Most children who get the MMR vaccine experience no side effects or very mild ones, such as redness or soreness around the injection site and mild fever. However, a small percentage of recipients experience serious side effects, including high fever and seizures. There is also a small chance of an allergic reaction to the vaccine, according to MedlinePlus.
According to BabyCenter, one in five children develops a low-grade fever a few days after the injection. One in 20 develops a mild rash because of the injection. Most of these side effects occur within five to 14 days after the injection. Seizures affect one in 3,000 who take the shot, and one patient in 40,000 recipients develops a low platelet count.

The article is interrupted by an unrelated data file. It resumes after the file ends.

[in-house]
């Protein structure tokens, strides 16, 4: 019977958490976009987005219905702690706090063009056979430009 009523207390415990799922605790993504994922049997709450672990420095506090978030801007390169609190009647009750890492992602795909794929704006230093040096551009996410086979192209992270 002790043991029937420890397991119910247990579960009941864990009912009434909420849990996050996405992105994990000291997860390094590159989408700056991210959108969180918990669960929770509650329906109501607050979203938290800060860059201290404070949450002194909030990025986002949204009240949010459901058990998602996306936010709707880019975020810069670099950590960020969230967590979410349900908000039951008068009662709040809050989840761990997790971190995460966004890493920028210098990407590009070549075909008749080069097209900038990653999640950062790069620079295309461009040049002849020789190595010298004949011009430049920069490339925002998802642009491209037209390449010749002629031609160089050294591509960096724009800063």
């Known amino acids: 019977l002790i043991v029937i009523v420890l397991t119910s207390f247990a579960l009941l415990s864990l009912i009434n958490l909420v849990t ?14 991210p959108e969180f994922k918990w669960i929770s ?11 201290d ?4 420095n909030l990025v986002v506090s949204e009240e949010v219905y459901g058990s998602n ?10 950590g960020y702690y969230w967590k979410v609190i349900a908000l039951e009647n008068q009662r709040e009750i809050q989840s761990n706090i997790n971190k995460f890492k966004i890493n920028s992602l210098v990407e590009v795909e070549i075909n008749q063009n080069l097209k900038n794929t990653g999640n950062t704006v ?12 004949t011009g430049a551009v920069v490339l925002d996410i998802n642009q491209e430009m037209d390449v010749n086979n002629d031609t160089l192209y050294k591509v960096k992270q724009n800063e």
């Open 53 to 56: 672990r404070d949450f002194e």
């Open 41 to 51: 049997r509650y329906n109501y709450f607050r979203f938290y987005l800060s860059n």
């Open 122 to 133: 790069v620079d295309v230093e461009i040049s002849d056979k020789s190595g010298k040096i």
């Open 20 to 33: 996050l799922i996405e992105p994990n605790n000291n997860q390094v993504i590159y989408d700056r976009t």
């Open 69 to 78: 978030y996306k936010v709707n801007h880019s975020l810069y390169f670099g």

According to MedlinePlus, MMR shots are a part of the series of recommended shots for children. Most must provide proof of the vaccination to enroll in school. Some parents are reluctant to vaccinate their child because of a study published in the British medical journal, "The Lancet," in 1998 linking the MMR vaccine to autism in children, according to BabyCenter. The findings of the study leading to this publication were determined to be coincidence, and the lead author was stripped of his medical and academic credentials.